Art of Living

From rural roots to dignitaries and divas, Chef Art Smith celebrates life's banquet

MW: By that point, your career had gone from being Oprah’s chef to having your own restaurants, starting with Table Fifty-Two in Chicago.

SMITH: I told Oprah that I wanted to do restaurants, and she said, ”Honey, that’s great. I don’t think you need to work for me full time.”

”Aw, Miss Oprah, I love you.”

”You can do my parties and stuff like that.”

And that’s the arrangement that we have. I still do her parties. She’s been truly my biggest fan and the best boss I ever had.

But getting back to the LGBT, what made me even more public about being gay and proud was Top Chef. Being on Top Chef Masters, I was myself. I’d never really been that openly gay on TV. People responded favorably. That’s where I became so comfortable.

MW: I’d say the gayest thing you’ve done on TV was Lady Gaga’s ABC special, A Very Gaga Thanksgiving. That’s pretty gay.

SMITH: Yeah, that’s very gay. Isn’t that funny? It all came from just meeting her backstage on Oprah’s show. I love her.

MW: I’m compelled to ask whether or not you had a hand in her infamous meat dress, so to speak.

SMITH: No! I wish! Can you imagine? Talk about the world’s most famous dress. Apparently it’s preserved forever in Cleveland. But, no, I had nothing to do with it. If it had been a fried-chicken dress, yes. [Laughs.]

MW: And now you’re working with her parents. What’s your role with Joanne Trattoria in New York?

SMITH: I’m the executive chef. I advise them on the restaurant. They’re amazing. I believe in Mr. Germanotta’s dream. He wanted a little restaurant, and I said, ”Let me help you.”

None of this was ever planned. It just kind of happened. I don’t even have a résumé. I’m a big believer in when things are meant to happen, they’ll just happen. Not that there aren’t times when I kind of look and think, ”Let’s make something happen.”

One thing I learned from those early days working for the governor is the importance of diplomacy and how food is an important part of that. That goes all the way back to growing up, when food just made things feel better. If you want people to come, feed ‘em. If you want people to stay, feed ‘em a lot. Working for Oprah and these different people, I became aware of things and became an advocate. I realized I could use food as a way to help. I also realized through all this running around here and there, cooking for this billionaire and this celebrity, somehow there was a meaning to it all. I was meant to cook for all these people, to be part of this, because somehow or another I was going to use it to do good. And that’s what I’ve done.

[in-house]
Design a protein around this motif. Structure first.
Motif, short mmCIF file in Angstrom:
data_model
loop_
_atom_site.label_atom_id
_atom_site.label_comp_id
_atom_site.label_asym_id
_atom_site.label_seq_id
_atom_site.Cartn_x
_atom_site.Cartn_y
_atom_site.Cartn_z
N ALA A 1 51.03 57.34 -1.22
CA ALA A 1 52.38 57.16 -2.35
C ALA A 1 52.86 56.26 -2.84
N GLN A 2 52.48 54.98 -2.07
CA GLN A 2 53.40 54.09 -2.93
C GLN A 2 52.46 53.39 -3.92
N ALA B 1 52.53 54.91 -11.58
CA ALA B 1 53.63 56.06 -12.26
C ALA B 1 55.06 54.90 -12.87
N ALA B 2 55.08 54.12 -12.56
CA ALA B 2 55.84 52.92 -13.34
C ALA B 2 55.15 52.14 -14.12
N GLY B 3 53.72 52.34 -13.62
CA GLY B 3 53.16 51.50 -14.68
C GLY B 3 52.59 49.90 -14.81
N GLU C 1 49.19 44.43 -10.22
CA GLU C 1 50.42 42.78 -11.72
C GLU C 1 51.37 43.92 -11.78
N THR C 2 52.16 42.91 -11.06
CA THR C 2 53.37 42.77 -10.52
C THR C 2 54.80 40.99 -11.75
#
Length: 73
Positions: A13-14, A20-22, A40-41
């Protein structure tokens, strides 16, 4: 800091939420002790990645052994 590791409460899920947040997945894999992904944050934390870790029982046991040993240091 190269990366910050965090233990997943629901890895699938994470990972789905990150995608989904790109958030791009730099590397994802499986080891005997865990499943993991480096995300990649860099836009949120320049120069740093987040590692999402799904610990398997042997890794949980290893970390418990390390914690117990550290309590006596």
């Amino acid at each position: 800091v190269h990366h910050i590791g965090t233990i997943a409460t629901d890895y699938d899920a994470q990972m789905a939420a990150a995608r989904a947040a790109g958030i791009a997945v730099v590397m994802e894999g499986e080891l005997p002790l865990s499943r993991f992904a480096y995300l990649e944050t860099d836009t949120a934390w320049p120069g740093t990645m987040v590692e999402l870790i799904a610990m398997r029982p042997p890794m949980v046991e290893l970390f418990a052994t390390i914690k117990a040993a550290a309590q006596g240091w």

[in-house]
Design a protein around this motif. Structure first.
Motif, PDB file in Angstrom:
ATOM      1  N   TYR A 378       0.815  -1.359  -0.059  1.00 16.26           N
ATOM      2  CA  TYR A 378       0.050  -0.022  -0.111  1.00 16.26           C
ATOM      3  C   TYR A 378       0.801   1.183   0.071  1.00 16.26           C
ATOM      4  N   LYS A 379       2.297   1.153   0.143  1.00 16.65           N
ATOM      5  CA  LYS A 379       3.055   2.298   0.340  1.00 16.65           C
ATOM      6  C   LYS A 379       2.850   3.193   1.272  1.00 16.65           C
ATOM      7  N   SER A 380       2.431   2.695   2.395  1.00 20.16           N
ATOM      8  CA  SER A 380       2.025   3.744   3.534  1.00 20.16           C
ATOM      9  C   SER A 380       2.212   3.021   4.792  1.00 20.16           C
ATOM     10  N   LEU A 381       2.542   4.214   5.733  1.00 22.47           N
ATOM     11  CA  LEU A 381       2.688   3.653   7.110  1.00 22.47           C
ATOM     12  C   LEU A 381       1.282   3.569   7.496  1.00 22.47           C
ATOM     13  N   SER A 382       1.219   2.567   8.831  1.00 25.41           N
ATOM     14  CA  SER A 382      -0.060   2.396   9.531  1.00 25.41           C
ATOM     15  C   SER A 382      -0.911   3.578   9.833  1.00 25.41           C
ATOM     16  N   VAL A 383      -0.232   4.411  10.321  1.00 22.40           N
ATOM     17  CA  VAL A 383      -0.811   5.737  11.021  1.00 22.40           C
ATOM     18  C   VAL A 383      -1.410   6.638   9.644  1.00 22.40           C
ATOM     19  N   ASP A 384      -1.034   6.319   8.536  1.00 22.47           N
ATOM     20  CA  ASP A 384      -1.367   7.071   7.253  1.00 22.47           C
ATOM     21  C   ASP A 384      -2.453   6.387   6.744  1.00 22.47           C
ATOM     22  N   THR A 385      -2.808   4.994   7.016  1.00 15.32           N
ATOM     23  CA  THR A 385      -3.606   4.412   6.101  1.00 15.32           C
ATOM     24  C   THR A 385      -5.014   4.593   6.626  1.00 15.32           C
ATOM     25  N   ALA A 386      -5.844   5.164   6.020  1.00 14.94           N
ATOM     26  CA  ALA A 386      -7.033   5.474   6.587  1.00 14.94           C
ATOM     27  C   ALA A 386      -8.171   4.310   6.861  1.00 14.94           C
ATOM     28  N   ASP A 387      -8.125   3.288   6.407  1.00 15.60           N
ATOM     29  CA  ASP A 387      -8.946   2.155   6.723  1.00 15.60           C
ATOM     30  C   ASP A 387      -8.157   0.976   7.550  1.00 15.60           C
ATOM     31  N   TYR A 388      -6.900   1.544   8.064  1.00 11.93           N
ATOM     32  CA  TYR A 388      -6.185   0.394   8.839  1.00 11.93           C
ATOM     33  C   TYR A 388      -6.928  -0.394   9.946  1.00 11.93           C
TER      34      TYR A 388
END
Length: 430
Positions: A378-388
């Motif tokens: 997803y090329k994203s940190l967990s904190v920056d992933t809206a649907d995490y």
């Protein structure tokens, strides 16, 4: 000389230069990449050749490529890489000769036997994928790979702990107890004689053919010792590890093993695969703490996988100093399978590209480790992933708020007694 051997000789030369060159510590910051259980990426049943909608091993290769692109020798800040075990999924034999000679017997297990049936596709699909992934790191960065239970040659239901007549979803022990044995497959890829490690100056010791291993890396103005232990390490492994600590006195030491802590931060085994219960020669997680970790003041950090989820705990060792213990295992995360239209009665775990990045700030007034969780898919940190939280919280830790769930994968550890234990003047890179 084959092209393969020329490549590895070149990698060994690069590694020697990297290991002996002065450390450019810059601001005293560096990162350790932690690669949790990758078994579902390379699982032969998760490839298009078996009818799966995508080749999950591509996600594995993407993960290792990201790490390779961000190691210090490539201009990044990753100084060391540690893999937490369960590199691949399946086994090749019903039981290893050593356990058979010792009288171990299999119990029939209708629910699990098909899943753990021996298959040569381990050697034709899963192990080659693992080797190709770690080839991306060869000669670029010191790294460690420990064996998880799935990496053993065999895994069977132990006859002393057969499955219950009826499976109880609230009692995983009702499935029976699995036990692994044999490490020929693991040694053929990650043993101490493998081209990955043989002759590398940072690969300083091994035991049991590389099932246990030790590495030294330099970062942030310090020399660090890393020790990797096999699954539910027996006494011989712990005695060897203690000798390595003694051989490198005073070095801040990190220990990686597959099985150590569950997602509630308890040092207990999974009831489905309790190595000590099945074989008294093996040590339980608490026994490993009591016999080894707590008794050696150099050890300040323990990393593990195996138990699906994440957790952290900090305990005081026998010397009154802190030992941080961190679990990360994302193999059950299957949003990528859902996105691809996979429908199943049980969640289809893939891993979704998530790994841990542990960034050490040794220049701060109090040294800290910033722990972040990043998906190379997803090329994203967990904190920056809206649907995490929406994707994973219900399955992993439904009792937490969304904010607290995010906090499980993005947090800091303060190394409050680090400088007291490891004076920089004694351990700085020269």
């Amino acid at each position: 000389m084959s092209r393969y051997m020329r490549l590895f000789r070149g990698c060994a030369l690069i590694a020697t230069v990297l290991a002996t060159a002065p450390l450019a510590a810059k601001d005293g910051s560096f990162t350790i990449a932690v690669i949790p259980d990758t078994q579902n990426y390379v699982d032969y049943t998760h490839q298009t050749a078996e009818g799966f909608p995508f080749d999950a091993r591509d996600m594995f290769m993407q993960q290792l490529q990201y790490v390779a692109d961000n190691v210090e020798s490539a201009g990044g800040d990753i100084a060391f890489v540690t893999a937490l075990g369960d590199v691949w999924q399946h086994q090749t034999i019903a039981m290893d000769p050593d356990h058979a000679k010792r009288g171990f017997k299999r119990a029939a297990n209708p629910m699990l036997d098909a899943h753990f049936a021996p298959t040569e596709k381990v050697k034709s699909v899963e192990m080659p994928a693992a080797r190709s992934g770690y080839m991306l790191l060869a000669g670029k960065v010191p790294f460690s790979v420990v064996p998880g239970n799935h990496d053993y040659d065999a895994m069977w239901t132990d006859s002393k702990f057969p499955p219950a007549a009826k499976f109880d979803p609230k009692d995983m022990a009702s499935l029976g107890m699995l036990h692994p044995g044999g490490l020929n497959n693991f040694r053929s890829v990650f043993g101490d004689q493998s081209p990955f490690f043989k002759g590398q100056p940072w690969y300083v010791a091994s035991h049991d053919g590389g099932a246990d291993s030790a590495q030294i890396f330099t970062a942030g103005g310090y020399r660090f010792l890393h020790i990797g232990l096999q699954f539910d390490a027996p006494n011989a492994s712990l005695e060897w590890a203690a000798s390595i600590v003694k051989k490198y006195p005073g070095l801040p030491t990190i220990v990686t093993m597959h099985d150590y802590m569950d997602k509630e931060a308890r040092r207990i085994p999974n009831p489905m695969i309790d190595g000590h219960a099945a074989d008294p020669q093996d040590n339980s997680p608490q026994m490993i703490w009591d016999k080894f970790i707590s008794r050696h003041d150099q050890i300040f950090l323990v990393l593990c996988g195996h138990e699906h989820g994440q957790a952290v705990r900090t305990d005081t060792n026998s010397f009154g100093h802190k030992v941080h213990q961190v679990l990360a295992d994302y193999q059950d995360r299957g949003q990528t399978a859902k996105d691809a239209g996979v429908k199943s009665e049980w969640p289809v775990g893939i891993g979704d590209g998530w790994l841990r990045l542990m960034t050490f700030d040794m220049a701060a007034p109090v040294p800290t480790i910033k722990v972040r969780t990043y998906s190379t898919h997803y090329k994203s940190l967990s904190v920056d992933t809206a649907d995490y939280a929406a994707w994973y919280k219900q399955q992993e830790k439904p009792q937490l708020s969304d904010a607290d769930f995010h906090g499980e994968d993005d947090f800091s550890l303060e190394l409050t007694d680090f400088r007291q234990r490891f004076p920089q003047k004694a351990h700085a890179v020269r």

MW: Speaking of all that running around and food’s role in your life, you made a pretty dramatic change, losing weight after your diabetes diagnosis.

SMITH: I was very fortunate, being in the Oprah camp, that I’d met every big-deal doctor there is. I’d met Dr. Dean Ornish. Dr. Ornish said to me that I could change my whole life if I lost weight. I didn’t listen so much, and it got worse. Then I thought I was having a heart attack, and other kinds of issues. I just said enough’s enough. I started looking for someone to help me. What happened is I met this amazing man, Az Ferguson, this beautiful Aussie man with a big ol’ heart. He took me on and I was able to lose all the weight. I did it myself, but trust me, when you have someone there watching over you, helping you, giving you encouragement, that helps too.

The funny thing about it is I never think of myself as being that strong. Nor do I ever think of myself as being famous, either, because I work around these amazing, famous people. I’m like, yeesh! They’re crazy famous. I just happen to be a cook who cooks for them, who people know. That’s it.

Anyway, the thing about it is I just reached a place where to be effective, to be able to do more, I had to take better care of myself. Now that I’ve got five restaurants, it’s a constant juggle to stay on track.

MW: You’ve also got Common Threads.

SMITH: It was Jesus’s idea. ”Art, we need to do a program that involves teaching and cooking that would help kids.”

Then 9/11 happened. Jesus and I were sent to New York to cook for victims’ families. We were just completely blown away by that whole experience. I wrote, ”For our world is a quilt, its people the fabric, all joined together by common threads.”

Common Threads enables children not only to learn how to cook, but to learn how to work together, to work as a team. To know that food is a way to bring people together. While they’re doing that, they’re also learning about healthy food, what’s good for them. It’s evolved with the times, and it’s amazing. It went from 15 kids to now over 6,000 kids. I look at my business career, and we’ve done great things. But I do believe Common Threads far exceeds all of that.

Something very important, behind the chef is a great man who’s been a very important part – downright business manager, director. This very unassuming, beautiful Venezuelan man is the secret of my success. At an event where I was being honored, I was onstage. Someone told me a really sweet thing, that Jesus said, ”You see that? I made him.” [Laughs.] I thought that was really sweet. I said, ”Baby, you framed Art.”

”Yes, I framed you.”

I was kind of all over the place, and he framed me. It’s been a great, great journey. And a fun one, too.

For more about Chef Art Smith, visit chefartsmith.net.

The 22nd Annual Chef’s Best Dinner & Auction is Tuesday, June 26, at the Washington Hilton Hotel, 1919 Connecticut Ave. NW, 6:30 p.m. Tickets are $250. For more information, call 202-269-2277 or visit foodandfriends.org.

Follow Will O'Bryan on Twitter @wobryan.

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